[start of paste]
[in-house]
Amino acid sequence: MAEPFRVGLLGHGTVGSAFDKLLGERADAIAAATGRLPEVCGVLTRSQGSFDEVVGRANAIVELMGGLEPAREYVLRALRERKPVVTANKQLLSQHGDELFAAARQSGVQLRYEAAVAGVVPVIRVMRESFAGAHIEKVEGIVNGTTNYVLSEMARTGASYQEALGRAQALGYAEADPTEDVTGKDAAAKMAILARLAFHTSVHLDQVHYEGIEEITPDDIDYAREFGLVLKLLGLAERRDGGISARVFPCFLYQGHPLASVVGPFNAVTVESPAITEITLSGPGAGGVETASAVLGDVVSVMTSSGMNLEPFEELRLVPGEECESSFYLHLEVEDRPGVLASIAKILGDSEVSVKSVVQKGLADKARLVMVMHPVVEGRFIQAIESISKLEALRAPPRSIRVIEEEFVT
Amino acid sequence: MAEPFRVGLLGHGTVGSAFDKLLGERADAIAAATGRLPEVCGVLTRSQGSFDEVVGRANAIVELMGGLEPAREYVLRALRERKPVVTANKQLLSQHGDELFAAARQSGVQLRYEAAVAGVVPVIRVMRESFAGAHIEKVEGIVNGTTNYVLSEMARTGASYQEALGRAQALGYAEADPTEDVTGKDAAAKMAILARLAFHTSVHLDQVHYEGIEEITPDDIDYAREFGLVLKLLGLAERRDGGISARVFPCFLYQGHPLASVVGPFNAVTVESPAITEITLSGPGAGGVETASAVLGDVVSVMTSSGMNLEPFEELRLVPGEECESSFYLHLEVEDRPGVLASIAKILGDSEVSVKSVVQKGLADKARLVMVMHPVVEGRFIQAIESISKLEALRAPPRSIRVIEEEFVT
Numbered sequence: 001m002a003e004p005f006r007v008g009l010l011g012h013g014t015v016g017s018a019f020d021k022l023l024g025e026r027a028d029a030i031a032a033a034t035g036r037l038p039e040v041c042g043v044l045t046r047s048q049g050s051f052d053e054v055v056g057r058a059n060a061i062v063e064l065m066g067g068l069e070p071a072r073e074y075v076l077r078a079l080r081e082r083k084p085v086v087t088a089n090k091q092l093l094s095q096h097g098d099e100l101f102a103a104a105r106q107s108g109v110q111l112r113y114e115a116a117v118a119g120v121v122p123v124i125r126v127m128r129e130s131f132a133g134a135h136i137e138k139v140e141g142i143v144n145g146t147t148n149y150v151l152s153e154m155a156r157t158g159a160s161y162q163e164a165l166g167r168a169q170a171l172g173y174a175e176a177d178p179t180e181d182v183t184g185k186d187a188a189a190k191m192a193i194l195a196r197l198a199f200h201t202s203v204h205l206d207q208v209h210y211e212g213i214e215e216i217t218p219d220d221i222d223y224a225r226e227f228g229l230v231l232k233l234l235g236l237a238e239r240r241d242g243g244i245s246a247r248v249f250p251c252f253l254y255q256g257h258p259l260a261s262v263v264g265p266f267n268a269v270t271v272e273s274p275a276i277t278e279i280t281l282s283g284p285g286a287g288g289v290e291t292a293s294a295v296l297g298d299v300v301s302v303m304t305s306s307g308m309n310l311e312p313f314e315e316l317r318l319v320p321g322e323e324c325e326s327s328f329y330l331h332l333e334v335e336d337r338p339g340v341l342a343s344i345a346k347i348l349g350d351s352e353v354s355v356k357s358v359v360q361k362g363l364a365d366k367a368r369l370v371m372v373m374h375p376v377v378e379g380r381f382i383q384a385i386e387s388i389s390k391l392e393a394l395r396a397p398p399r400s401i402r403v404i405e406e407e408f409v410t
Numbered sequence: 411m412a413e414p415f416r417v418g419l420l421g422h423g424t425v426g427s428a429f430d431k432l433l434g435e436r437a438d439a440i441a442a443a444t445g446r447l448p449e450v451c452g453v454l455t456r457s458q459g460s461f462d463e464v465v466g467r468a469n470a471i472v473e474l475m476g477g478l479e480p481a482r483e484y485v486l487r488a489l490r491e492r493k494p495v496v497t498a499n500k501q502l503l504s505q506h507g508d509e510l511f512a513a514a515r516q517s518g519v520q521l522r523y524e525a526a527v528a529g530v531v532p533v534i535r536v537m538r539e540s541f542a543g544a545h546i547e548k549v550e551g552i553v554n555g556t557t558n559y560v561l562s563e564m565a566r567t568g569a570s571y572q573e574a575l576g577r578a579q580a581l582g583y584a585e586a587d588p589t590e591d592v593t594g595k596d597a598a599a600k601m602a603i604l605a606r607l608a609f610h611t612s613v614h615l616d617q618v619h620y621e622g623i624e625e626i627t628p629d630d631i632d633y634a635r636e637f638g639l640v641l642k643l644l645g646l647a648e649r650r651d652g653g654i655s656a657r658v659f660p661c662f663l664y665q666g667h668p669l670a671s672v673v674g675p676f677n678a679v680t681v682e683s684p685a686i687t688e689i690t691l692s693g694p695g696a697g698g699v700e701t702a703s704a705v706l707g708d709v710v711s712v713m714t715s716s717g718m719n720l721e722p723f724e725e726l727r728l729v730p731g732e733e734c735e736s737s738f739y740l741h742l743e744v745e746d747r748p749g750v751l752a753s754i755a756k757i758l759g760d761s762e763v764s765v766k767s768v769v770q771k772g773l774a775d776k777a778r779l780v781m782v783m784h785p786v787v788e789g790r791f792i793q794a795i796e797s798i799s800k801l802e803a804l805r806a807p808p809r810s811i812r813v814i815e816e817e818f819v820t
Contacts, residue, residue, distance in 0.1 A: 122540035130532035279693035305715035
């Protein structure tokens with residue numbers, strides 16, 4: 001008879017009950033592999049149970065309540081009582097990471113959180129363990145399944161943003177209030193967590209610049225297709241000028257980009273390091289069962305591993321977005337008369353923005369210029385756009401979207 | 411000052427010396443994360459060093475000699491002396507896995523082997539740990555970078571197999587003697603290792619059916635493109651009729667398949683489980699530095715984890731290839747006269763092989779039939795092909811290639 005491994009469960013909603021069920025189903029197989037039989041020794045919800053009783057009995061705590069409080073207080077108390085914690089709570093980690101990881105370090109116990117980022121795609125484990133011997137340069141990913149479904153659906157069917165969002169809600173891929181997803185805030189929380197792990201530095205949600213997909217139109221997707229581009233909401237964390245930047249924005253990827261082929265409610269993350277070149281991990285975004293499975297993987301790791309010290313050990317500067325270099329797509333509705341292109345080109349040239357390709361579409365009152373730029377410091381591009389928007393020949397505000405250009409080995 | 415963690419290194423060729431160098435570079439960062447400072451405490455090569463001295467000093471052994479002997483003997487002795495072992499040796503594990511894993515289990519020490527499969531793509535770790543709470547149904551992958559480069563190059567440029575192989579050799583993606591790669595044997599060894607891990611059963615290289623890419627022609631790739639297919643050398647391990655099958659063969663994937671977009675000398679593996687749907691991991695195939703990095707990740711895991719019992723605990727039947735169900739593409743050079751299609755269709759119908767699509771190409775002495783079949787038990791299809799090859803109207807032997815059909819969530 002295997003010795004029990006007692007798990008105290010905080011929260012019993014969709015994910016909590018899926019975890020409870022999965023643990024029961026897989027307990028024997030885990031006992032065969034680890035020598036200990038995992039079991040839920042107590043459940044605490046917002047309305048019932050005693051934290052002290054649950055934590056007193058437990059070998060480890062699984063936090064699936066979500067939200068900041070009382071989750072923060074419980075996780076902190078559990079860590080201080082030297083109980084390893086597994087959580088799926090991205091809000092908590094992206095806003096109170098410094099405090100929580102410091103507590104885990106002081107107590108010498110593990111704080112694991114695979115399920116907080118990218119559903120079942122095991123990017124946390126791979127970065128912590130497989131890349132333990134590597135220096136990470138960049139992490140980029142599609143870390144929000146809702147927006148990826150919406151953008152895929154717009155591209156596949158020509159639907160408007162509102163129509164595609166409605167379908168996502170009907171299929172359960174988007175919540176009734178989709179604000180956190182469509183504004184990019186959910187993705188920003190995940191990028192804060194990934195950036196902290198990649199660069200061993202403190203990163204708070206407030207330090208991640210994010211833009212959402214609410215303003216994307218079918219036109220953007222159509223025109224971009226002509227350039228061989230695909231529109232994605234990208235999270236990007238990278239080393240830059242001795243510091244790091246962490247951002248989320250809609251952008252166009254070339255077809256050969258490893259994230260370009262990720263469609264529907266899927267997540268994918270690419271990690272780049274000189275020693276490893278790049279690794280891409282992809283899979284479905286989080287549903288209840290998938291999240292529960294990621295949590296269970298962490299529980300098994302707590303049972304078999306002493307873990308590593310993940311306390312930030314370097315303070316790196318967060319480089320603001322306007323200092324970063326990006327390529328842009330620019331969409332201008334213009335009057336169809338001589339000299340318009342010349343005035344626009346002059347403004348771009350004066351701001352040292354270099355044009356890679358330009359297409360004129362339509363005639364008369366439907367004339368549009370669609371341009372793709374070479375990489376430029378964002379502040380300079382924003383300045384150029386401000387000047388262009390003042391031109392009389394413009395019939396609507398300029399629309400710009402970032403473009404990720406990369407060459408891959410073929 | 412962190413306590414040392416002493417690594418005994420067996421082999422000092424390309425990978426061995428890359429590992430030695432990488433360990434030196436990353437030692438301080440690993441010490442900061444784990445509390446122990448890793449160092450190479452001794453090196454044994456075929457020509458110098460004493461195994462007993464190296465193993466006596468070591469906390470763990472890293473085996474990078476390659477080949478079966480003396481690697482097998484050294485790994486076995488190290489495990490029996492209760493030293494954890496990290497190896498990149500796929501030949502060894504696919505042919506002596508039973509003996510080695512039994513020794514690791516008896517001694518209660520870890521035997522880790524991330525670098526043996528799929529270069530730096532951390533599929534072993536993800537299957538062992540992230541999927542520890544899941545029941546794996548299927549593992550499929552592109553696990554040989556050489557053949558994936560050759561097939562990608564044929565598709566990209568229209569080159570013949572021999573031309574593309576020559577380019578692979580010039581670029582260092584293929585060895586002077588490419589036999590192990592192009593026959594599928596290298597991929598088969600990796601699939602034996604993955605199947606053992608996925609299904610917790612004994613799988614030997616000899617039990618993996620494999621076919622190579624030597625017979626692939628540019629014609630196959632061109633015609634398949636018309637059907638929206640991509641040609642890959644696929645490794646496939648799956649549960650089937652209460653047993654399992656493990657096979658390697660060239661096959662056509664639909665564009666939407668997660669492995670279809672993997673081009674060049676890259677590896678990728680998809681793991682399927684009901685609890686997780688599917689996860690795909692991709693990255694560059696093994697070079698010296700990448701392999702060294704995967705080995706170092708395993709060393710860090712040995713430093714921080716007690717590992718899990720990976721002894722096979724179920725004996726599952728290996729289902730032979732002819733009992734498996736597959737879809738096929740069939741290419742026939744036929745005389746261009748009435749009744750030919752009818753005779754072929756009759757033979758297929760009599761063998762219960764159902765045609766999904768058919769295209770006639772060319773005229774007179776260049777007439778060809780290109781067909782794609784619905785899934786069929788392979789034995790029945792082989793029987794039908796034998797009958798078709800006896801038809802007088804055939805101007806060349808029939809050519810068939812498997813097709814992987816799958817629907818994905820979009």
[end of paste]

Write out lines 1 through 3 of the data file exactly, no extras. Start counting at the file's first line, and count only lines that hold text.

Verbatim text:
[in-house]
Amino acid sequence: MAEPFRVGLLGHGTVGSAFDKLLGERADAIAAATGRLPEVCGVLTRSQGSFDEVVGRANAIVELMGGLEPAREYVLRALRERKPVVTANKQLLSQHGDELFAAARQSGVQLRYEAAVAGVVPVIRVMRESFAGAHIEKVEGIVNGTTNYVLSEMARTGASYQEALGRAQALGYAEADPTEDVTGKDAAAKMAILARLAFHTSVHLDQVHYEGIEEITPDDIDYAREFGLVLKLLGLAERRDGGISARVFPCFLYQGHPLASVVGPFNAVTVESPAITEITLSGPGAGGVETASAVLGDVVSVMTSSGMNLEPFEELRLVPGEECESSFYLHLEVEDRPGVLASIAKILGDSEVSVKSVVQKGLADKARLVMVMHPVVEGRFIQAIESISKLEALRAPPRSIRVIEEEFVT
Amino acid sequence: MAEPFRVGLLGHGTVGSAFDKLLGERADAIAAATGRLPEVCGVLTRSQGSFDEVVGRANAIVELMGGLEPAREYVLRALRERKPVVTANKQLLSQHGDELFAAARQSGVQLRYEAAVAGVVPVIRVMRESFAGAHIEKVEGIVNGTTNYVLSEMARTGASYQEALGRAQALGYAEADPTEDVTGKDAAAKMAILARLAFHTSVHLDQVHYEGIEEITPDDIDYAREFGLVLKLLGLAERRDGGISARVFPCFLYQGHPLASVVGPFNAVTVESPAITEITLSGPGAGGVETASAVLGDVVSVMTSSGMNLEPFEELRLVPGEECESSFYLHLEVEDRPGVLASIAKILGDSEVSVKSVVQKGLADKARLVMVMHPVVEGRFIQAIESISKLEALRAPPRSIRVIEEEFVT